Share This Post
Whether you’re down-sizing or up-sizing, leisurely browsing for a new summer home or frantically trying to find a place to sleep before your lease is up, we can all probably agree: the process of moving—the schlepping around town, the haggling over prices, the discovery of some previously unreported issue that derails the whole thing—is a drag. But as in every potentially complex situation (and any situation in general), knowledge is power. And while you may not know that your dream house’s basement has a tendency to flood every spring, or that your upstairs neighbor’s self-care routine involves blasting death metal until the early hours of the morning, you can know the difference between a real-estate agent, broker, and realtor. So let’s get into it, shall we?
A real-estate agent is a professional who has a license to help people buy, sell, or rent real-estate. To get that license, he or she must go through a training process and pass a written exam, though the number of hours of training varies from state to state.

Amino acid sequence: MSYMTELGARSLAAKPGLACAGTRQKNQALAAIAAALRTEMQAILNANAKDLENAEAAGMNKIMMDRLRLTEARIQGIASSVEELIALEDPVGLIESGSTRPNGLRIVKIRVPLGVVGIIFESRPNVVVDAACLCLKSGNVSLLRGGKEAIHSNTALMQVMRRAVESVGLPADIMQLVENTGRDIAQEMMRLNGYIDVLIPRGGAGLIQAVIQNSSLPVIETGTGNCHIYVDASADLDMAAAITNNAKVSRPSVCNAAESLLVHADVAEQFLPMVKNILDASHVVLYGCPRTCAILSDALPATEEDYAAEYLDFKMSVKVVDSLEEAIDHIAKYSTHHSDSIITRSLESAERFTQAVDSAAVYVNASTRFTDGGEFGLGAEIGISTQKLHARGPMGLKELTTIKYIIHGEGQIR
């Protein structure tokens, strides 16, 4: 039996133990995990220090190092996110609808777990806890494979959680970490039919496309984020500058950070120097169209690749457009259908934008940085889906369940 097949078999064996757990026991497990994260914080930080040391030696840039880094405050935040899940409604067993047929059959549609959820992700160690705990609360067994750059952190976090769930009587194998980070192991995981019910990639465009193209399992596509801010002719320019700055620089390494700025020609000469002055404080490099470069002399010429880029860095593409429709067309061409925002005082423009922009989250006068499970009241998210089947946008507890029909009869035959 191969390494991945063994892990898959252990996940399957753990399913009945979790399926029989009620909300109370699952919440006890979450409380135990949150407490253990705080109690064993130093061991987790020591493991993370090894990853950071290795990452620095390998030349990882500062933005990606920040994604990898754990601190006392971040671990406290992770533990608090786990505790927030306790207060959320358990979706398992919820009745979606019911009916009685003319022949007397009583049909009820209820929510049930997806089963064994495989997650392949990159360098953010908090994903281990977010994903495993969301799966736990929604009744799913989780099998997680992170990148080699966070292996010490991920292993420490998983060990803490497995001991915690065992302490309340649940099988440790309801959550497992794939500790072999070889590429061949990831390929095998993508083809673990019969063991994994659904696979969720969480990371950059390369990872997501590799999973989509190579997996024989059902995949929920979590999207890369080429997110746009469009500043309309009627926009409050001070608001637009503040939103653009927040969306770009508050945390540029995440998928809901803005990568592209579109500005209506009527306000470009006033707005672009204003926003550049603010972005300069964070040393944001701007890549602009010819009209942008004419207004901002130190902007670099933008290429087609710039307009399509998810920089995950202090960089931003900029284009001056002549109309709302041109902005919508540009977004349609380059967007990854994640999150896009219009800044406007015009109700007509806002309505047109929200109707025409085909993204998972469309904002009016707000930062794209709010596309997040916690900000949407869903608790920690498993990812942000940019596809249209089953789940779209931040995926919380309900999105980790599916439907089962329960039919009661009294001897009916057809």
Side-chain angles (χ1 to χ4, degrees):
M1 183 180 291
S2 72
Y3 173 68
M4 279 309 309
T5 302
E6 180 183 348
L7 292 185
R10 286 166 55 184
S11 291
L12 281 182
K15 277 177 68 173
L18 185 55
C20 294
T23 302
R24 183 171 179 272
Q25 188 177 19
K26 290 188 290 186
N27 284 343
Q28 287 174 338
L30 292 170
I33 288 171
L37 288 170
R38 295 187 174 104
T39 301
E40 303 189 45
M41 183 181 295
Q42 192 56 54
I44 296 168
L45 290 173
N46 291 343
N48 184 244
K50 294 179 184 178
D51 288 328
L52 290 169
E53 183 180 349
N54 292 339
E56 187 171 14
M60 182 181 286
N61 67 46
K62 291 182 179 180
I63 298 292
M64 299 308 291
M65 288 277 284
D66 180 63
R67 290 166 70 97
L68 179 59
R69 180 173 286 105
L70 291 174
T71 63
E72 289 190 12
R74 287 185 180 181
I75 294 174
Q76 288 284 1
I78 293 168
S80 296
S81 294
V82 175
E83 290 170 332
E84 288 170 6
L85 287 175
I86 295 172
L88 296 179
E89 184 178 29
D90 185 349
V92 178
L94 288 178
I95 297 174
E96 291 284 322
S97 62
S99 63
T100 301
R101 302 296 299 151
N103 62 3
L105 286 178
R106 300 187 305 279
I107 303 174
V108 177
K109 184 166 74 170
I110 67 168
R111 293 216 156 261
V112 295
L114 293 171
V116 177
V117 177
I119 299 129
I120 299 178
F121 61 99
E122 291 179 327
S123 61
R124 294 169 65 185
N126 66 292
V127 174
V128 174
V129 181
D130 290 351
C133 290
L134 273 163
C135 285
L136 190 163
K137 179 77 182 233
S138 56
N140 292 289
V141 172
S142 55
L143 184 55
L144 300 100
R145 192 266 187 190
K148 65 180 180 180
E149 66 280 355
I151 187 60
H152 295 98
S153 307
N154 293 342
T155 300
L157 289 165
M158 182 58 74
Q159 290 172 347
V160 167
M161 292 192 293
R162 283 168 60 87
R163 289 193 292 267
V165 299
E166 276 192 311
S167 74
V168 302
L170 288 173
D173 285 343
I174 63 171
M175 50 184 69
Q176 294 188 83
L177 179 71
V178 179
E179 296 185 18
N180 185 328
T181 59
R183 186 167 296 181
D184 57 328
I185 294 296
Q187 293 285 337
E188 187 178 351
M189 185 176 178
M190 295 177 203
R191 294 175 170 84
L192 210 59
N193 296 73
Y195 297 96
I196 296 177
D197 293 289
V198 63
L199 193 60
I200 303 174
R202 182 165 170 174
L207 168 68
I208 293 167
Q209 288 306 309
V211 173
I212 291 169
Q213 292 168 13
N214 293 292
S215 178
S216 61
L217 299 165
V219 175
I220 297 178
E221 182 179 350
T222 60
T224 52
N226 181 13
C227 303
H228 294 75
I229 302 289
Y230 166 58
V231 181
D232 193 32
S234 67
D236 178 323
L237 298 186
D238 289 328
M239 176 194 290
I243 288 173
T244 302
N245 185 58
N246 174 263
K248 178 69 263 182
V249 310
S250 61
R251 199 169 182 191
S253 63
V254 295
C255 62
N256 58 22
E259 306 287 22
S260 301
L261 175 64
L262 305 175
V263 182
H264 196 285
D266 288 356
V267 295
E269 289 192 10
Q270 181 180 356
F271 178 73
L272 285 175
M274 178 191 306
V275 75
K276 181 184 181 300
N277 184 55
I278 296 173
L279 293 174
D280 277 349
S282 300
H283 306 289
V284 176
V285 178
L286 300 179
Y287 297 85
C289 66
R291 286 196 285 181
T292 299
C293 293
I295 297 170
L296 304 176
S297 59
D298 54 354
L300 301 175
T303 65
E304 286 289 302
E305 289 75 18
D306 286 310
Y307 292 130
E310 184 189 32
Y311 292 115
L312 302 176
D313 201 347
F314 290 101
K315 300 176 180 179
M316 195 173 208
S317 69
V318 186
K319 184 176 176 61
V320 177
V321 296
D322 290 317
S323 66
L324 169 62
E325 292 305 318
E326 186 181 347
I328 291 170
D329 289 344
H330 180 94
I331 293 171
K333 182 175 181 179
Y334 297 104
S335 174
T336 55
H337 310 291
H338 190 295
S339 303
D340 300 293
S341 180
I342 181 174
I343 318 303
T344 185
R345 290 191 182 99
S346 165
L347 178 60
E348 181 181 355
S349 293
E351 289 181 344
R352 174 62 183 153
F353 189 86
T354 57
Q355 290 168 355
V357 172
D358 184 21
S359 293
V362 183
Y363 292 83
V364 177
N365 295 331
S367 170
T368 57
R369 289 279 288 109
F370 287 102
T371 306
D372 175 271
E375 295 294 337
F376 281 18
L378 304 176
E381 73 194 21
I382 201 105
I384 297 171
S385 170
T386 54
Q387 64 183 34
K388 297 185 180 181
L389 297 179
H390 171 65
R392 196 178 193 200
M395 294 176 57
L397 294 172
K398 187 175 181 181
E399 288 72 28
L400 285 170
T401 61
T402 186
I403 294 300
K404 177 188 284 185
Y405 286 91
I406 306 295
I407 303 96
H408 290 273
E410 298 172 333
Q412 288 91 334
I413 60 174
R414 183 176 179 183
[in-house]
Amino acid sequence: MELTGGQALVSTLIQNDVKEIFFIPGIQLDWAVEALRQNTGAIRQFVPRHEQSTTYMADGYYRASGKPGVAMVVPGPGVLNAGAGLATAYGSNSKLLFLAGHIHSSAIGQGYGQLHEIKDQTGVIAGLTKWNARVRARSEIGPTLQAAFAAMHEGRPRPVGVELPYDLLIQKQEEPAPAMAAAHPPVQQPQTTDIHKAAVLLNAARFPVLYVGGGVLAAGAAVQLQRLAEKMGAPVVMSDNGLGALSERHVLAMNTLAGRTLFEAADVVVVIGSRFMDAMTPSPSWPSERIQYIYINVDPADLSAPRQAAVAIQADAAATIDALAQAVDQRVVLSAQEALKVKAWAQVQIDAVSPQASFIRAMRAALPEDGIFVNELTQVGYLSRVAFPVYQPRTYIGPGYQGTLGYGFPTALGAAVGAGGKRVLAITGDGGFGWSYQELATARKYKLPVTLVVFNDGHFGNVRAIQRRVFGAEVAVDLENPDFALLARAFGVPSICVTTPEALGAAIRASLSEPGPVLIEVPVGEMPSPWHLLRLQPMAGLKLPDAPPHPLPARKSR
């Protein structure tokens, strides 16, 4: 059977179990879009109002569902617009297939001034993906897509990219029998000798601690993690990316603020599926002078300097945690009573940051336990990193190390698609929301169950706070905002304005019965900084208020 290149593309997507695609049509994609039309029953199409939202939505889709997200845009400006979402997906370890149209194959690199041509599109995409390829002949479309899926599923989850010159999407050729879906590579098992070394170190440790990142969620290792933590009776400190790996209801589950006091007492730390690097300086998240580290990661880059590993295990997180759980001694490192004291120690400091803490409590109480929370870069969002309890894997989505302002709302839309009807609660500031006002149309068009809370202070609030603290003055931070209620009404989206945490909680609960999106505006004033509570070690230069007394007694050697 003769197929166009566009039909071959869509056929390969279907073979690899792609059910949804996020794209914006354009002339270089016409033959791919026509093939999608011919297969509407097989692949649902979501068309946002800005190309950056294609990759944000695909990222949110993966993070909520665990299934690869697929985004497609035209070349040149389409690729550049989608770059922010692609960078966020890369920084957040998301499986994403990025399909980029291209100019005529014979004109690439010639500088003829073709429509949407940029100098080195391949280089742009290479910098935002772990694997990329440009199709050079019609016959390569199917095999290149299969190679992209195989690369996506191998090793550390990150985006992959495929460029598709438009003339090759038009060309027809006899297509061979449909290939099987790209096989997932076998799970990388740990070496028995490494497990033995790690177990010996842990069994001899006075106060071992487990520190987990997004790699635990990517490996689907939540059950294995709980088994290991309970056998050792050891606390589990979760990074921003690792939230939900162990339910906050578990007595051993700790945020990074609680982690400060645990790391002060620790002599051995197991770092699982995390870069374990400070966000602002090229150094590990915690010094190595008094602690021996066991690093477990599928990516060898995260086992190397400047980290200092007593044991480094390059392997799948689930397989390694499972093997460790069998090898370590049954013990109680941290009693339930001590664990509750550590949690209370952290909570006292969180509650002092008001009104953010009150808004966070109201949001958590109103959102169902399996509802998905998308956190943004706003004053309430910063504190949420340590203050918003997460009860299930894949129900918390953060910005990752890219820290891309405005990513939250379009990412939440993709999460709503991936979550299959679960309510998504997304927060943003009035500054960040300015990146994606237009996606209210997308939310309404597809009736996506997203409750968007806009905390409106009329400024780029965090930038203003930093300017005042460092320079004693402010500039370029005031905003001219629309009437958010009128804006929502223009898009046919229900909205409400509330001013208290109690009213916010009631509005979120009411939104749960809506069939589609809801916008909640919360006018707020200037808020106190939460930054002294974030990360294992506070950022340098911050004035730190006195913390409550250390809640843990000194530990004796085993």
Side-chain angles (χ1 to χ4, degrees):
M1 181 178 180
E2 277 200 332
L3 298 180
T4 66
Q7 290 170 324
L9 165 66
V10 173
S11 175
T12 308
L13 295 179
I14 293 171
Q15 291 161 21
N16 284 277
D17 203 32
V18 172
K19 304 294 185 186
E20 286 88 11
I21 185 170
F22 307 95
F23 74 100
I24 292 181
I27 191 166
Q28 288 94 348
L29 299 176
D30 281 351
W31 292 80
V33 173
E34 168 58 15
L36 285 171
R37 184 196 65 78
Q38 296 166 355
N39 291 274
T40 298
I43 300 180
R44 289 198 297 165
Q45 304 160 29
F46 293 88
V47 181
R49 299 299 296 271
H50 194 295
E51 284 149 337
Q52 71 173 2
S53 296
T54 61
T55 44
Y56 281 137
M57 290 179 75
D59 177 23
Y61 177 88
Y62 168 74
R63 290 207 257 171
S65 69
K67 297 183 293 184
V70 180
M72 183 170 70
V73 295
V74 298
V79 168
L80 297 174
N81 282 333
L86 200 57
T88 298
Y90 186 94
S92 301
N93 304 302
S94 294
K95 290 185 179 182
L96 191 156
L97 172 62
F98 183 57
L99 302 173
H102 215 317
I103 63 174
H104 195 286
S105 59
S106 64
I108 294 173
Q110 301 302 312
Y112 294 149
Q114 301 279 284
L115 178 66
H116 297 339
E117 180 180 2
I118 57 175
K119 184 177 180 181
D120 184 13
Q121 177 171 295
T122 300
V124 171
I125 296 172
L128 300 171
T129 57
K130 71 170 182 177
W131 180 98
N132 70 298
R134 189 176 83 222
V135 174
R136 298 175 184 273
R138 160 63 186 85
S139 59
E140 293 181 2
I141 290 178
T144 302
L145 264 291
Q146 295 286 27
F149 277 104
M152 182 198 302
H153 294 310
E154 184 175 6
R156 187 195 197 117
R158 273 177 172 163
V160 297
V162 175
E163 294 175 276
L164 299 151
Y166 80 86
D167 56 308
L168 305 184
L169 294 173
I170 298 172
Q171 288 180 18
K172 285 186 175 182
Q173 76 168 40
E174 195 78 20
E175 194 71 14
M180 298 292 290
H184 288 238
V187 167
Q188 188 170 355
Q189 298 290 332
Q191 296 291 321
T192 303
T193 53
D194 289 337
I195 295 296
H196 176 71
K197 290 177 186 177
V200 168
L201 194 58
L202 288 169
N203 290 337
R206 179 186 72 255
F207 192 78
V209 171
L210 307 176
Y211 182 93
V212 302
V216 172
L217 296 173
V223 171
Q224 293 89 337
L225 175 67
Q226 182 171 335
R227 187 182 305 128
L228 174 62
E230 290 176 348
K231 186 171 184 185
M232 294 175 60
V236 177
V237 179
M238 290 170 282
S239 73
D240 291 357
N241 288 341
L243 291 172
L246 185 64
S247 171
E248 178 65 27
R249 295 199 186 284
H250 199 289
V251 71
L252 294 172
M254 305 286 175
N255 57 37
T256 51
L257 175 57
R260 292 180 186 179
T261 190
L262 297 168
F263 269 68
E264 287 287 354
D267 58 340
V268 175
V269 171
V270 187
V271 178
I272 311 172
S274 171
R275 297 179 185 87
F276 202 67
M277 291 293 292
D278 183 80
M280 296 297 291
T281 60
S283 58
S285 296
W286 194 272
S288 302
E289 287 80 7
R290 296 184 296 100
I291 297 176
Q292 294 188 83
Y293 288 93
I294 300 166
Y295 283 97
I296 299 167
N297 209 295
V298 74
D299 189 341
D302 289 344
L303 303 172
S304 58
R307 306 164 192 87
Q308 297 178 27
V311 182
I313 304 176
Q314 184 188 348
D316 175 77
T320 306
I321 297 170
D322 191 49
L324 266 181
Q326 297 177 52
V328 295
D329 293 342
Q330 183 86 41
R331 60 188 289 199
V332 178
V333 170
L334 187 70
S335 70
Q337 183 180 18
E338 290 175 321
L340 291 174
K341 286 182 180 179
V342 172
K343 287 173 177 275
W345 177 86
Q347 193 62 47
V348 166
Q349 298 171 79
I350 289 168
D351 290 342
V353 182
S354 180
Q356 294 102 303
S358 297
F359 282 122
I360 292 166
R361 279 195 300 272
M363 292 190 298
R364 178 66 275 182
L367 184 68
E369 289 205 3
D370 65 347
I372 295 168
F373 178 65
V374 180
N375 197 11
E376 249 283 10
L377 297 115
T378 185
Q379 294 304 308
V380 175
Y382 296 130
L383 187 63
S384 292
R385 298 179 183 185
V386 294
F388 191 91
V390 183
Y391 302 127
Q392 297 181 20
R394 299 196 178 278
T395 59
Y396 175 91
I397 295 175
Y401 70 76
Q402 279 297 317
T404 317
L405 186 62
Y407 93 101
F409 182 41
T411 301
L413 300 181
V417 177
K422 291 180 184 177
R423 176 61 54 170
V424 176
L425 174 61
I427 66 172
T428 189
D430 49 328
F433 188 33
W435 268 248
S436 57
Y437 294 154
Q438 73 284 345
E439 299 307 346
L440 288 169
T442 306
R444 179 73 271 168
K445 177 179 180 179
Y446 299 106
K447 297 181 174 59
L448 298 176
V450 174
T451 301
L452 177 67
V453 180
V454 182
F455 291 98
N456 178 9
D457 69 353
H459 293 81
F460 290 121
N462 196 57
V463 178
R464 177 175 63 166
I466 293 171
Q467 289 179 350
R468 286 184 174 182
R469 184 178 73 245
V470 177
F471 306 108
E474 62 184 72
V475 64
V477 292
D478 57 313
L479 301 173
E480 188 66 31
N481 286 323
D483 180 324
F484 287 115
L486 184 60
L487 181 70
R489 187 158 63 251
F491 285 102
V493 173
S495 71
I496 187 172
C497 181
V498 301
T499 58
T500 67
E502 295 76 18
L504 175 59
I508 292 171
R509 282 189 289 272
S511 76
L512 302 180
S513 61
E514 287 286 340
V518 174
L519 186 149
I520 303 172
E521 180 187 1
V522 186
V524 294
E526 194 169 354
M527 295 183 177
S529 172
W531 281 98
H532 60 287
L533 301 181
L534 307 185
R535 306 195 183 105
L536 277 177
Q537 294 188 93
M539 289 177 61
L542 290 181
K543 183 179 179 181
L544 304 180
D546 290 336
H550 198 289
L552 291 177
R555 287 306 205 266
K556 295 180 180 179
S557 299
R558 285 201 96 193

One rung up the real-estate-professional ladder is a real-estate broker: an agent who has taken additional classes beyond the agent level and passed a broker’s licensing exam. Like the agent certification, the broker training specifics vary from state to state, but most require a certain amount of experience as an agent (typically three years) along with a number of courses or training hours. Unlike an agent, a real-estate broker can own a real-estate firm and/or hire other agents or brokers to work for them.
Both real-estate agents and brokers can also be realtors, simply by being a member of the National Association of Realtors. (Fun fact: the NAR is the largest trade organization in America, with 1.3 million members). Realtors pay dues to the association and agree to a set of ethics guidelines, which mostly involve not lying about the market value of a property, not lying about other realtors, etc.
Other types of real-estate-professional titles you may come across are all specialized roles within the agent/broker system: buyer’s agents, who represent the buyer; listing agents, who represent the seller; leasing agents, who deal with leasing or renting out properties; associate brokers, who are brokers who work for other brokers; and principal brokers, who are brokers who have other brokers who work for them.
If you liked this, subscribe to the What’s the Difference newsletter here!